And of course when computing the EROEI of oil from the Middle East, one has to decide whether to include the energy cost of military activity. Ever since the U.S. adopted the Carter doctrine, the U.S. has been burning lots of energy to "guard" the oil fields. Saddam Hussein burned quite a bit too. The geopolitical cost of oil from unfriendly or unstable nations is very real. With enough analysis, a think tank might account for it with a "geopolitical EROEI". The energy cost of getting oil from the ground in places like Saudi Arabia, Iraq, and Iran might still be fairly low, but insuring a smooth flow of that oil to other countries seems to require a lot of energy. It's unfortunate that politicians and everyone else want to spin or ignore this reality, perhaps because "blood for oil" is too disturbing for most people to think honestly about. Not many mothers want to send their children to die for a commodity, but humans have a long history of this, having fought wars over salt and bird poop, among other resources. Anyway, humans will always pick the low-hanging fruit first. In the case of petroleum, this means first pumping dry the easy oil fields in nations which are friendly and politically stable, then moving on to the oil which is more difficult either for geological or geopolitical reasons, as the easy oil runs out. Unless there is a political transformation in the remaining countries that still have oil to export, we can expect the geopolitical cost of oil to continue increasing for the oil-importing nations. If there was a democratic political transformation in countries like Iran and Nigeria, it would probably both require and stimulate substantial increases in their own prosperity, which would reduce their oil exports. --Teratornis (talk) 22:19, 13 March 2009 (UTC)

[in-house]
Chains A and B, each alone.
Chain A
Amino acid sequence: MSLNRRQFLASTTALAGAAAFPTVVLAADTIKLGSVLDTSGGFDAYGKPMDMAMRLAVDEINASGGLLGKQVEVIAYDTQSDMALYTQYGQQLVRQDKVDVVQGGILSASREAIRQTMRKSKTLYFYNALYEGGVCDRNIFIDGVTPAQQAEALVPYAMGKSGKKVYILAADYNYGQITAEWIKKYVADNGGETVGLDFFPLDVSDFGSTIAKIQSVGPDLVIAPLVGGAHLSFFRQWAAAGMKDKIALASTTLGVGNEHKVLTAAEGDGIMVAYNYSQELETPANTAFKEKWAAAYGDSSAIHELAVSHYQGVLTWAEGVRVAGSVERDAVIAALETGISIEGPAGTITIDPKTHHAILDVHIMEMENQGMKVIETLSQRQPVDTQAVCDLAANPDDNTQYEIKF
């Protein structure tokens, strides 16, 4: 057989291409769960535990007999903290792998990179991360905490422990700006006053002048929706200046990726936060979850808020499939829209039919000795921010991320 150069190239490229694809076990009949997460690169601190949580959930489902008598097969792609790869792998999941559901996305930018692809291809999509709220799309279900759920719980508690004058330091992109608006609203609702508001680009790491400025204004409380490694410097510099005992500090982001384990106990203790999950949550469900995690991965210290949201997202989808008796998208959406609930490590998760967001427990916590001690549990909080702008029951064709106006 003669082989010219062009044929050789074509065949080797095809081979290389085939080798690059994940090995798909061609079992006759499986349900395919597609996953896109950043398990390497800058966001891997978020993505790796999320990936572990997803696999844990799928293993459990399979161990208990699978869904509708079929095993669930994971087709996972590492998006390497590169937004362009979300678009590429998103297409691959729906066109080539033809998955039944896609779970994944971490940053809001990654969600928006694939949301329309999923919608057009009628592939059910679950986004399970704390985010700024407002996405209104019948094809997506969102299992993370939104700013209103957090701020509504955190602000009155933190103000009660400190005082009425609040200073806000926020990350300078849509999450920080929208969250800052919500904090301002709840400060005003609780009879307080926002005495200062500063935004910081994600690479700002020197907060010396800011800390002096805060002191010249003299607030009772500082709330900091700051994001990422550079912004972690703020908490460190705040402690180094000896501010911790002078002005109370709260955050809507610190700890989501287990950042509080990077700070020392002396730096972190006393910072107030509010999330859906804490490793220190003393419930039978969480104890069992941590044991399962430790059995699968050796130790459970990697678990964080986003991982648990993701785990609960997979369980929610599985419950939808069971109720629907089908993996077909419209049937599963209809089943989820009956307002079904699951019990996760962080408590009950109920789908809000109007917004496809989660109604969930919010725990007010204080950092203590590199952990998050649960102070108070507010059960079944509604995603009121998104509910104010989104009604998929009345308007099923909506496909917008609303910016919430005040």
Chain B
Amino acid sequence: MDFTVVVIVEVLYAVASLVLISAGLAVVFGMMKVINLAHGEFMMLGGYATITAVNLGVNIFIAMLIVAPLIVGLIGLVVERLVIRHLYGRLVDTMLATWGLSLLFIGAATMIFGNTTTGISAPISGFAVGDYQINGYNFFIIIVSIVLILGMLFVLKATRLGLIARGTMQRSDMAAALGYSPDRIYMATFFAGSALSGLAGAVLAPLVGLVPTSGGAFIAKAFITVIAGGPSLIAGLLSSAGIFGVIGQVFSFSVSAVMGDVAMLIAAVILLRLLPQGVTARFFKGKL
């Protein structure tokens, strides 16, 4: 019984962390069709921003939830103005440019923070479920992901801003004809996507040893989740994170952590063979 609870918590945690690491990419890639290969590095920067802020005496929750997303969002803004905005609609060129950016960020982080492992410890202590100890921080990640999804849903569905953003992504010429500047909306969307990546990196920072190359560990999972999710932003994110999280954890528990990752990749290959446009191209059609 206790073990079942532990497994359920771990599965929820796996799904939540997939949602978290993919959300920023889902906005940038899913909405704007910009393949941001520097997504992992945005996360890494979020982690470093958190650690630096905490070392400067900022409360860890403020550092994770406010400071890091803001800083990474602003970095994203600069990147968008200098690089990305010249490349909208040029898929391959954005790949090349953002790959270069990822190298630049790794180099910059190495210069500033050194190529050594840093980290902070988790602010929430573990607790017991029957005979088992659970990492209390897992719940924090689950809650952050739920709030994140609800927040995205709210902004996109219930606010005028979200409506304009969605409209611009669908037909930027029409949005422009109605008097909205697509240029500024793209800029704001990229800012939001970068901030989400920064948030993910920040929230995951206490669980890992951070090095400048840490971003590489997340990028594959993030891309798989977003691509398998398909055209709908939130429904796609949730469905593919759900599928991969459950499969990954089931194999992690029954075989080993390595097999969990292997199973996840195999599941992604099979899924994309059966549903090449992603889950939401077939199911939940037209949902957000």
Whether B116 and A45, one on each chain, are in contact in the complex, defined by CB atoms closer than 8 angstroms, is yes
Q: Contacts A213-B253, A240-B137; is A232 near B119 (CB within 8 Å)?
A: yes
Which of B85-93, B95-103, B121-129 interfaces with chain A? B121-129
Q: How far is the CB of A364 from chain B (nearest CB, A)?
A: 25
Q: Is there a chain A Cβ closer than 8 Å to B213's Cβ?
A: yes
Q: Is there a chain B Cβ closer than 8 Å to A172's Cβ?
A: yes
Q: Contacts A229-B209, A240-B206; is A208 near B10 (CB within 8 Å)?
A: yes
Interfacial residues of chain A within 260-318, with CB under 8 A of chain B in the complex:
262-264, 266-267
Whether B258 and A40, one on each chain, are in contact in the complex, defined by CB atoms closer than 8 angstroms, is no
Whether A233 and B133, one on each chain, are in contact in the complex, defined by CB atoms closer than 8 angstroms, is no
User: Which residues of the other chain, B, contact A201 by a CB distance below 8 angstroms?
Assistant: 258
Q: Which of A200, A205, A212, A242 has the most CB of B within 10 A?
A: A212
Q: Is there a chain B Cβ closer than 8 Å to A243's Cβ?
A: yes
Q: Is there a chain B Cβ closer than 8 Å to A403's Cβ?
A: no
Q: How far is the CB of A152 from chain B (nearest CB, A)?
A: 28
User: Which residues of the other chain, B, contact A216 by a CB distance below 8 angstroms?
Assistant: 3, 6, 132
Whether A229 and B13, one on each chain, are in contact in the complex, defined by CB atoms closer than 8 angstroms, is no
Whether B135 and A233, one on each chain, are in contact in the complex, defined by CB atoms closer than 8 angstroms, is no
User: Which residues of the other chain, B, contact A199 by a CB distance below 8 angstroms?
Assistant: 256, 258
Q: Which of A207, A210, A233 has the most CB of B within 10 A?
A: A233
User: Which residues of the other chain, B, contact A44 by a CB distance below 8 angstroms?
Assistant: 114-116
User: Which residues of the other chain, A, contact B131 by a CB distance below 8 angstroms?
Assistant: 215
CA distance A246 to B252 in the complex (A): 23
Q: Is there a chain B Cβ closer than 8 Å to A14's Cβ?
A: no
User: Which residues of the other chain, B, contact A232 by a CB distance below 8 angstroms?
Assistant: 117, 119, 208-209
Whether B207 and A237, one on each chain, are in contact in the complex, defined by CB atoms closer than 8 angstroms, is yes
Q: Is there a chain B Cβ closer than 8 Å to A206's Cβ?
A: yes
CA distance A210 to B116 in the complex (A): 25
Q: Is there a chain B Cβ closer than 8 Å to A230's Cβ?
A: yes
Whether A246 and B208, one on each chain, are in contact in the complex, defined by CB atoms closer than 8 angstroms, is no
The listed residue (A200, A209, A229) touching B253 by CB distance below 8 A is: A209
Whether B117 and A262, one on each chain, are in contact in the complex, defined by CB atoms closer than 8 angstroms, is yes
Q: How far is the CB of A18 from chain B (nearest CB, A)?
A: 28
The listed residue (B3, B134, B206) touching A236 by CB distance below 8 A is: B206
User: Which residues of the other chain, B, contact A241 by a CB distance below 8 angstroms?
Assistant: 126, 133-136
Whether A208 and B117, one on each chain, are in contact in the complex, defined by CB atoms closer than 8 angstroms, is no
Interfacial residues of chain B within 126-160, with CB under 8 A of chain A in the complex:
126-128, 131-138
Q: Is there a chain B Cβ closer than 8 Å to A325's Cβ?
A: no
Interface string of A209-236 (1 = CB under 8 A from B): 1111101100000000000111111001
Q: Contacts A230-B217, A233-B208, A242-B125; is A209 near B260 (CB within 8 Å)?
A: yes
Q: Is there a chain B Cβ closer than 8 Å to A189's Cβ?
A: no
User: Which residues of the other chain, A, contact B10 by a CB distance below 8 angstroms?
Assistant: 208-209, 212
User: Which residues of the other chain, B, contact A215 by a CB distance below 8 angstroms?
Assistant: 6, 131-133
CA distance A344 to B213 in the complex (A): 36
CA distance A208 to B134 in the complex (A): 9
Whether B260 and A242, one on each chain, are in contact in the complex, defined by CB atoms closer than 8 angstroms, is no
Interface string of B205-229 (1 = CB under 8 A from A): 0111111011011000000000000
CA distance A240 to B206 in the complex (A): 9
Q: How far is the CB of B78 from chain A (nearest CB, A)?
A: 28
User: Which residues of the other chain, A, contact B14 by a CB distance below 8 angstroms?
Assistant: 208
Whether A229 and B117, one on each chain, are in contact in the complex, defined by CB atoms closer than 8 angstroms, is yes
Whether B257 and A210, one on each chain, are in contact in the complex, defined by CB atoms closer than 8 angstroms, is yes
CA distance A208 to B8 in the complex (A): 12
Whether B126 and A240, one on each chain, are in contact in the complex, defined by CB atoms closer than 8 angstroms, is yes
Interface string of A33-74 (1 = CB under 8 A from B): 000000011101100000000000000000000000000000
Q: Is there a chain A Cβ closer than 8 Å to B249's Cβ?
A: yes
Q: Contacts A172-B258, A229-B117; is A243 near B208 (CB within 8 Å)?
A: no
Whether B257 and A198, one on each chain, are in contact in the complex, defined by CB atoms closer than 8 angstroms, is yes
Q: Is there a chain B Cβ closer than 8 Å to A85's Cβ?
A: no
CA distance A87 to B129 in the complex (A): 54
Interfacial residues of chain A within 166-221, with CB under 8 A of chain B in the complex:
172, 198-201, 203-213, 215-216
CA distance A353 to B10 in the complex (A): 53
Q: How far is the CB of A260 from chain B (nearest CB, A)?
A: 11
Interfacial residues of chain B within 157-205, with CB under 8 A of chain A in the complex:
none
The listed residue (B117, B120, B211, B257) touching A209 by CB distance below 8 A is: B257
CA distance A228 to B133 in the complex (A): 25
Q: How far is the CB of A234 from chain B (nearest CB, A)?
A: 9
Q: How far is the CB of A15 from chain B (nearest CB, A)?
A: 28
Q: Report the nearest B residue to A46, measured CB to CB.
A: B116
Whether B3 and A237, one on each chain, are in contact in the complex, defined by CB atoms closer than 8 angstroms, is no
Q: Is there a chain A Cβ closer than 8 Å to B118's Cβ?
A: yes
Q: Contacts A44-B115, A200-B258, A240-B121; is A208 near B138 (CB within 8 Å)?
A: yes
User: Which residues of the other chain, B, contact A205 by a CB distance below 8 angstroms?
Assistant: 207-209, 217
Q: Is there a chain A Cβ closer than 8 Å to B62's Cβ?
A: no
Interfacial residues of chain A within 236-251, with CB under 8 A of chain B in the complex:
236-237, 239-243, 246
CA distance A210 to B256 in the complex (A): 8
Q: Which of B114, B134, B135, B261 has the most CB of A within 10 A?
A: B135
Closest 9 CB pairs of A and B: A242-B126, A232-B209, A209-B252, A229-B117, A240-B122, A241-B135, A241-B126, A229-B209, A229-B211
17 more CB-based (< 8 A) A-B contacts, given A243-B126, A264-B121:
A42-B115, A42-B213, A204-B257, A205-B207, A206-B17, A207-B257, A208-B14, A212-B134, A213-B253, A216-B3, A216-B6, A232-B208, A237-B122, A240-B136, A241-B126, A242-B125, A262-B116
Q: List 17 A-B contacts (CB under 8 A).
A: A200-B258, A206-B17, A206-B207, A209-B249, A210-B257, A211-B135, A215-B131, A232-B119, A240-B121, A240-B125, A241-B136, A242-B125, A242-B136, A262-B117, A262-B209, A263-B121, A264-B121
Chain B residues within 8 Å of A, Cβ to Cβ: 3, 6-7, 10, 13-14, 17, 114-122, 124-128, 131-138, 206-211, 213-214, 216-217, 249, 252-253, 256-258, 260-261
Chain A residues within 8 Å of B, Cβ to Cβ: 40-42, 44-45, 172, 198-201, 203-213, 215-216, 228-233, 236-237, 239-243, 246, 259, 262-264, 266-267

While this is all interesting, I don't think there are any solid numbers about EROEI for the oil industry as a whole, so I'm afraid it's fairly moot as far as making a chart. Perhaps it would be possible to do a "$/bbl" calculation, but again you're going to get into tricky POV areas when people start asking for military expenditures to be included in the costs (which is not as separable as some people seem to think: how do you say how much aid Israel and Egypt receive because they are in an important part of the world energy-wise? How do you write without POV that the two gulf wars were all about oil, when the key instigators dispute that?). I also believe that EROEI is a far less critical concept to the oil industry than to renewables: oil is an extracted quantity, it does not have to worry about making a cycle with more energy out than you put in to make the cycle in the first place. Oil fields are also much further from a 1:1 ratio than almost any renewable other than hydro, to my knowledge. Even oilsands, the most energy intensive oil production in the world, is something like 1:4 I believe, although using gas to make oil is of course controversial. TastyCakes (talk) 22:39, 13 March 2009 (UTC)
Obviously it would be difficult, which is why we haven't yet done it. When important people have different points of view, we present them with citations, including for example the conservative think tanks which believe we should be taxing imported oil to pay for Iraq II rather than subsidize the oil war by borrowing from China. We also know it costs the other side lots of money to tie down the most powerful military force in the world for years, and there is no secret as to where that money is coming from - ultimately, from oil consumers. When T. Boone Pickens says "We're paying for both sides of the war in Iraq", no politicians seem to be arguing against him now. If the key instigators still claim their oil wars weren't about oil, I've got a bridge to sell anyone who believes them.